Artificial Intelligence (AI) presents opportunities to complement human intelligence and enhance the way of living and working. AI is poised to disrupt the human world with intelligent machines enabled of high-level cognitive processes like thinking, perceiving, learning, problem solving and decision making, coupled with advances in data collection and aggregation, analytics and computer processing power.
According to a survey undertaken by PwC, 60% of the participants are of the opinion that AI would help furthering social causes that include stimulating economic growth, enhancing global health and well-being. The same survey reports 75% of the business decision makers would prefer either purely AI advisors or a combination of AI and human advisors to make their promotion decisions. But when it comes to matters of personal health check-ups, 77% of the respondents are inclined towards human involvement.
A recent Microsoft-IDC study stated that AI is expected to grow more than double the rate of innovation and employee productivity in India by 2021. While only one-third of organisations in India having embarked on their AI journeys, those companies that have adopted this technology expect it to increase their competitiveness by 2.3 times in 2021.
Reservations about AI
Dr. Utpal Garain, Professor, Indian Statistical Institute, whose research interest is in deep learning, big data and AI systems, stated that enterprises all over the world are hardly in a position to use the complete spectrum of AI benefits. He told BE, “In some enterprises management is not convinced about the benefits in terms of revenue. They are scared of taking any decision which seems perpendicular to the existing practice along with some limitations of technical expertise. The enterprises which have right support groups often suffer from a lack of coordination among process, data and analytics teams.”
He further added that some start-ups in India have been very confident about using AI and it is possible that the start-ups may act as fillers of the present gaps. The industry leaders will get confidence if they can see something is really happening for them. Once they get confidence, AI-friendliness will come automatically.
In the 2018–2019 Budget, NITI Aayog was mandated to establish the ‘National Program on AI’ realising the potential of AI to transform economies and the need for India to strategise its approach.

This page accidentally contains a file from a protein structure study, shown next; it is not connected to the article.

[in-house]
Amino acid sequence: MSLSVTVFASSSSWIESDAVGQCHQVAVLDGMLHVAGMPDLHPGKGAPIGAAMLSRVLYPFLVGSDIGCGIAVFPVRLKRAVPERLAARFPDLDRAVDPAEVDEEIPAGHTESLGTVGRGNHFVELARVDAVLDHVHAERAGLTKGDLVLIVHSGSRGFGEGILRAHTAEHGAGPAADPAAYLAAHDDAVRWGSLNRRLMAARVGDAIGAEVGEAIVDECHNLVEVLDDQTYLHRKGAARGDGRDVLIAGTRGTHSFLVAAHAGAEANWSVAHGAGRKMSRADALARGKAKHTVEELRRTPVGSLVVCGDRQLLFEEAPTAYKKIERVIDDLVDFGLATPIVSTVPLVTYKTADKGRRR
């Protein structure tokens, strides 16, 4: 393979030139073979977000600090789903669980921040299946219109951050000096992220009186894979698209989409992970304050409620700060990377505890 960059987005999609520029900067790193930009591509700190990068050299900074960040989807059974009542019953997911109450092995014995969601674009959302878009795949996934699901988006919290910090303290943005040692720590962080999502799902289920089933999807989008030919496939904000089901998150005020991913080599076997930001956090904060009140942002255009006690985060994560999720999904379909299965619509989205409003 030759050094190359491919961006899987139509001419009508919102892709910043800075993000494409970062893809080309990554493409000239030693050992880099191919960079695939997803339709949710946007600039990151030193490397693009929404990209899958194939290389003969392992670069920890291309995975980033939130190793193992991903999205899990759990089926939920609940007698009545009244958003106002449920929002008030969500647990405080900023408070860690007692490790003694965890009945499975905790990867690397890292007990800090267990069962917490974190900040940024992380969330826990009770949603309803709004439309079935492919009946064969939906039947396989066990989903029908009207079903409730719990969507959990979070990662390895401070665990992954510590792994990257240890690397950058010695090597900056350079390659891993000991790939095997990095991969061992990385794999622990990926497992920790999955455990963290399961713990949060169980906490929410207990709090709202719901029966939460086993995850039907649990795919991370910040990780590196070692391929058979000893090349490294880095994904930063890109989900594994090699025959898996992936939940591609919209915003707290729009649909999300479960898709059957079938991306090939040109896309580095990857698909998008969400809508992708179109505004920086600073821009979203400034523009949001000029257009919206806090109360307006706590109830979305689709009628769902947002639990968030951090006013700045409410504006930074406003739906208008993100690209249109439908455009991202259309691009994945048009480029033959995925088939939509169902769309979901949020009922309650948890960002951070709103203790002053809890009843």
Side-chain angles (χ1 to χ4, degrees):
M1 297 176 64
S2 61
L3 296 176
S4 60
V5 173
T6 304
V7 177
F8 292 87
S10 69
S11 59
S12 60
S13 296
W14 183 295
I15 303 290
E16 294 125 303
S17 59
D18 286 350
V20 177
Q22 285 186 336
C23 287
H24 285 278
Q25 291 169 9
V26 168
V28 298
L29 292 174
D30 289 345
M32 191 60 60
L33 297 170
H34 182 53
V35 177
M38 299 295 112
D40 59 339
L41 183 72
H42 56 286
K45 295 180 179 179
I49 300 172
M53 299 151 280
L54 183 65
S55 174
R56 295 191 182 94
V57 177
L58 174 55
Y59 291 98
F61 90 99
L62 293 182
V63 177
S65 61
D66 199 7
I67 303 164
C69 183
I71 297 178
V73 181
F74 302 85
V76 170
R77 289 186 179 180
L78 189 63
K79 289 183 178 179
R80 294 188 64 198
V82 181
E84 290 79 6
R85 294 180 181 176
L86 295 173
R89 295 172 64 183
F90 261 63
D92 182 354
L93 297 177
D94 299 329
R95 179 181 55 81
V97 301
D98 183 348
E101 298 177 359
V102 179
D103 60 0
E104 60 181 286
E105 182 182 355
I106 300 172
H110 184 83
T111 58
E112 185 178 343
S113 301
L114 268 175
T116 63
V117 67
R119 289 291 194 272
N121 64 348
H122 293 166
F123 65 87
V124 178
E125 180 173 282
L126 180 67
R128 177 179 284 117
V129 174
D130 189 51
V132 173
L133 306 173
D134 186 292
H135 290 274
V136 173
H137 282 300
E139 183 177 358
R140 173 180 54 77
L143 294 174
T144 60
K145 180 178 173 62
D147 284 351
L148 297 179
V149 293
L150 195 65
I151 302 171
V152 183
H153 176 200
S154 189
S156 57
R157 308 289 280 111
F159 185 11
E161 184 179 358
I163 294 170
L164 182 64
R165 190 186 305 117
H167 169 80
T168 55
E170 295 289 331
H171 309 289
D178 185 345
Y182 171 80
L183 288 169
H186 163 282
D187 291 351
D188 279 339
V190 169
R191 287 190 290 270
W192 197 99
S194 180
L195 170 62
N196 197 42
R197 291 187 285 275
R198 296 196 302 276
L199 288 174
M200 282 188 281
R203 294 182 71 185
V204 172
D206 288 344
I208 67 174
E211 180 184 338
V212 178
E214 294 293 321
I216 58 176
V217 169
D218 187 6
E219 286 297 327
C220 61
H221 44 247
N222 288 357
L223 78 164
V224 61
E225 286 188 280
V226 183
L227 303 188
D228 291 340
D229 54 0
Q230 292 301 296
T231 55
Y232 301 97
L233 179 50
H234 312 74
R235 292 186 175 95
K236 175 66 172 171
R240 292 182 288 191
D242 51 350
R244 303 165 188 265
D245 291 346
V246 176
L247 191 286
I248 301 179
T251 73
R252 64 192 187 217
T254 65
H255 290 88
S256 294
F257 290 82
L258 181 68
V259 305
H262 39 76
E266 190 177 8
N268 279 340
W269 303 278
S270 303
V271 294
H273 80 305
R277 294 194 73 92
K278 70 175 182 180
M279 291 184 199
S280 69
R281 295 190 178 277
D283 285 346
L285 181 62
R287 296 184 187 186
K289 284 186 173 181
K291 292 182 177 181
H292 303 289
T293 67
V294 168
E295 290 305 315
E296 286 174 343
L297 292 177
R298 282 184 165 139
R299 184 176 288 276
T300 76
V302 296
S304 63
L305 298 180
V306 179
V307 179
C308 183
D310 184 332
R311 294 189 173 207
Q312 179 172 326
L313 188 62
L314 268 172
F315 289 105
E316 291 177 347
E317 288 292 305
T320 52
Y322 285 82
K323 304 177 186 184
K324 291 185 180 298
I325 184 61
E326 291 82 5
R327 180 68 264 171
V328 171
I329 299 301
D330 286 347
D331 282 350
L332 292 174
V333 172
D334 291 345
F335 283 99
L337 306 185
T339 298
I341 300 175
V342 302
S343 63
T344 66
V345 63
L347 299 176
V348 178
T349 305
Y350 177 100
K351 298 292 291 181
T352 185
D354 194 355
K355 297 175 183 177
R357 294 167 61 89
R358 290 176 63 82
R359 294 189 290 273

A report titled ‘National Strategy for Artificial Intelligence’ by NITI Aayog suggests, “NITI Aayog has adopted a three-pronged approach – undertaking exploratory proof-of-concept AI projects in various areas, crafting a national strategy for building a vibrant AI ecosystem in India and collaborating with various experts and stakeholders.”
This strategy proposed for a unique brand of #AIforAll. The report stated, “#AIforAll will aim at enhancing and empowering human capabilities to address the challenges of access, affordability, shortage and inconsistency of skilled expertise.”
Innovations in India
Garain said, “Impressive innovations are taking place in different academic and industry research labs including labs in ISI, ICTS, IISc Bangalore, few IITs and IIIT-Hyderabad. Our researchers are coming up with innovations in the field of natural language processing, image and vision computing by using newer AI algorithms. Innovation in many institutions is sometime crippled due to unavailability of required hardware resources.”
It is evident that a nationwide facility for AI computation may help others to catch up. Industry labs do not expose their research details in the public domain. However, results show TCS is catching up rapidly. Indian offices of Capital One DataLab, Amazon, Microsoft Research, Google, IBM Research and many others are achieving striking progress.
Garain informed, “A few smaller and less known companies like AlphansoTV and a few others are showing wonderful advances. Young minds in start-up companies are creating AI magic and selling their expertise to many global giants.”
An emerging academic discipline
Siddhartha Dutta, Founder and Director at Fox Web Wizardz, informed BE, “We have gladly embraced AI, Internet of Things (IoT), augmented and virtual reality, machine learning (ML), big data analytics, robotic process automation and so on but there’s a need of upskilling and reskilling of over 50% of the workforce in our IT-ITeS industry. Freshers and college students must counter this challenge by undertaking proper training in these areas. The government must also proactively include these courses in more institutions.”
AI is rapidly emerging as an important academic discipline in India. Garain stated, “Universities, colleges, institutions are opening courses in data science, analytics, AI or machine learning as this is the need of the hour. Worldwide, there is a huge shortage for trained manpower for AI jobs. Through these courses, India can fill this gap to a great extent. National bodies like AICTE and UGC are promoting these activities. Large private organisations will need to open AI schools. This will eventually happen.”